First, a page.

Parler Is Back Online After a Month’s Absence: Here’s What You Should Know
Parler, a conservative social media platform, has reopened after being taken offline a month ago for allowing incendiary messages regarding the Capitol Hill insurgency.
The Twitter alternative stated in a statement Monday that it was utilizing independent technology and was not “depending on so-called ‘Big Tech.'” Amazon Web Services, which discontinued support for the startup in January, has clashed with the company. Google and Apple both removed Parler’s app from their respective app marketplaces.
Parler will be back up for existing users in the first week of the relaunch. The next week, new users will be allowed to sign up.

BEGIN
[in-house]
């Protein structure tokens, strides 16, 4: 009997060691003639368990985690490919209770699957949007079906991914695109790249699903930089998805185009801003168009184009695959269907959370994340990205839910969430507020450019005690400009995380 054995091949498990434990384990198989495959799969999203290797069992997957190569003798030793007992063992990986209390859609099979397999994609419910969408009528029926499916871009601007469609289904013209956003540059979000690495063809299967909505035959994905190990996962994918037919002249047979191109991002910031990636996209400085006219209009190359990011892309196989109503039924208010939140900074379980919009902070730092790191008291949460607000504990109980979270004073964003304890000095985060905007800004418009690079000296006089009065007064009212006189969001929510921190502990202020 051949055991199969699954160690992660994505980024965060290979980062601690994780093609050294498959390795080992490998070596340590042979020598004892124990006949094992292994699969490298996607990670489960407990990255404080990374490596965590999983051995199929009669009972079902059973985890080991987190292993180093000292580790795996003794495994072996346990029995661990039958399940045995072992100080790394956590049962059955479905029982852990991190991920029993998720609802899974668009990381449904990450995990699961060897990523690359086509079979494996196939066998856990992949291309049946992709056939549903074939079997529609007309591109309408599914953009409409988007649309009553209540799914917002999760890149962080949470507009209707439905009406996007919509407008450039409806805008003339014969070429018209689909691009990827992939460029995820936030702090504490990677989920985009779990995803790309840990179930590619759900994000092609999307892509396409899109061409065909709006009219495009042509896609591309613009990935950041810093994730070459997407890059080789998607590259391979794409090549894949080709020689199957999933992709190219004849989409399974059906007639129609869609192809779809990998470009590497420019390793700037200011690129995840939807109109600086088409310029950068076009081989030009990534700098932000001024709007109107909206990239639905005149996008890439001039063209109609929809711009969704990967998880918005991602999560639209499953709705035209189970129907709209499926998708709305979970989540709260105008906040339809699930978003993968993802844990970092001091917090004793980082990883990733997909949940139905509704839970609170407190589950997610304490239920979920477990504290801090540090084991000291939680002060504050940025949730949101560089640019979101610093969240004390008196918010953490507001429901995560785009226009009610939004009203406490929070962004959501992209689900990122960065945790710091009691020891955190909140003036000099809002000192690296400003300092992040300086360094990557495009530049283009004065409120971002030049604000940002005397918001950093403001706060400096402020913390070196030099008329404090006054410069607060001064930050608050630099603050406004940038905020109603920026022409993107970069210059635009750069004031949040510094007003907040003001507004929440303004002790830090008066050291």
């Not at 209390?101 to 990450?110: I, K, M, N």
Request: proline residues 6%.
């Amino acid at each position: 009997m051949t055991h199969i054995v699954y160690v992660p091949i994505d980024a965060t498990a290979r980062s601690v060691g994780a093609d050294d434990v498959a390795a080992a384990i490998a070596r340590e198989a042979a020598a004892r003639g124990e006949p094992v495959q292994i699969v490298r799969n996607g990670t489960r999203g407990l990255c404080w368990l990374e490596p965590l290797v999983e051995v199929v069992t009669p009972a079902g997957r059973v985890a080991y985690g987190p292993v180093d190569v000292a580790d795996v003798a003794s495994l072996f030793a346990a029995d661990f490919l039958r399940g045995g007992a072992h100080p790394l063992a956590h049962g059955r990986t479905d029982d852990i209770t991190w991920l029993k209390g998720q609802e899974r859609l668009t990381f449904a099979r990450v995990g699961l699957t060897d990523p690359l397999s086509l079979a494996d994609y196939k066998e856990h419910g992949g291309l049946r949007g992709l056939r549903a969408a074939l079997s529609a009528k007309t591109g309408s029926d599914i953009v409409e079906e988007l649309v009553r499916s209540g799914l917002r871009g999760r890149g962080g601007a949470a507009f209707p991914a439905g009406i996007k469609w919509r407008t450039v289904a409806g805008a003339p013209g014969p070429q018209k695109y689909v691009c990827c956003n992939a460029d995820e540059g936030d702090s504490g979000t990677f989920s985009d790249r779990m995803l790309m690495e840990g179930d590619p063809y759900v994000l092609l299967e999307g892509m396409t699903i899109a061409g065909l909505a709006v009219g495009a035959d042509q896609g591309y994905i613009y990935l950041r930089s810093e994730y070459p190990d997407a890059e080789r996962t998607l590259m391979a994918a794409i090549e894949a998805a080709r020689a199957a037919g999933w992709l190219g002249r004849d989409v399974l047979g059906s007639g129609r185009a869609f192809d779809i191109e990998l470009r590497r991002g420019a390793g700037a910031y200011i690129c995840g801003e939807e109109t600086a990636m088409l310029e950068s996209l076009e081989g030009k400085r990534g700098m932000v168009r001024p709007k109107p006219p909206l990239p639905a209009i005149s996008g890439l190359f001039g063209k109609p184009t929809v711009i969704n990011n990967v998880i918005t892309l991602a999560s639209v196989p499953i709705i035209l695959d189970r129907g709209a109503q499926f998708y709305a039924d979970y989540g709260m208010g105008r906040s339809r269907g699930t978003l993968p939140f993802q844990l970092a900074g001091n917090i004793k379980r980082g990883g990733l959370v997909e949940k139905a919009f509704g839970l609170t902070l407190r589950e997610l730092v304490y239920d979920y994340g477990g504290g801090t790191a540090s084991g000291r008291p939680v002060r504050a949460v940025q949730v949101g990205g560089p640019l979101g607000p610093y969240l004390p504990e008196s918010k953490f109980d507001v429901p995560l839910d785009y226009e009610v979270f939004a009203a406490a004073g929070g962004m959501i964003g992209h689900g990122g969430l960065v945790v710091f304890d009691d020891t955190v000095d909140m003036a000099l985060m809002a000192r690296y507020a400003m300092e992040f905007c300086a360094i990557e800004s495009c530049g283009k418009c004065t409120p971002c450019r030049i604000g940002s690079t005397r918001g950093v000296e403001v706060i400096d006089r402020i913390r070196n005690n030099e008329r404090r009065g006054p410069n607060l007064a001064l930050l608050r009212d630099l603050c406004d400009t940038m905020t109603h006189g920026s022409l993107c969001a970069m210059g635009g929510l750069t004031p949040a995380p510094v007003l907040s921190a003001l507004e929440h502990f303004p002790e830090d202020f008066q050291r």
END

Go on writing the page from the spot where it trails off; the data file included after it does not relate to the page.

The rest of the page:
Parler’s comeback comes after a turbulent month for the company, which saw CEO and cofounder John Matze fired by the company’s financial backers. The management shuffle occurred as the conservative microblogging site filed a lawsuit against Amazon to have its service restored.
The internet titans’ steps to remove themselves from Parler come following concerns that the site could be used to incite more violence in the aftermath of the Jan. 6 attack on the US Capitol by supporters of President Donald Trump, who whipped them up during a rally. Twitter and Facebook have both suspended Trump’s account, citing concerns that the president’s comments could incite further bloodshed.
Guns and violence were frequently mentioned in Parler conversations leading up to the event, which was organized to bolster the president’s bogus allegations that the November election was stolen from him. “By all the Patriots descending on Washington DC on #jan6….come armed,” one Parler user remarked in a thread promoting a QAnon conspiracy theory.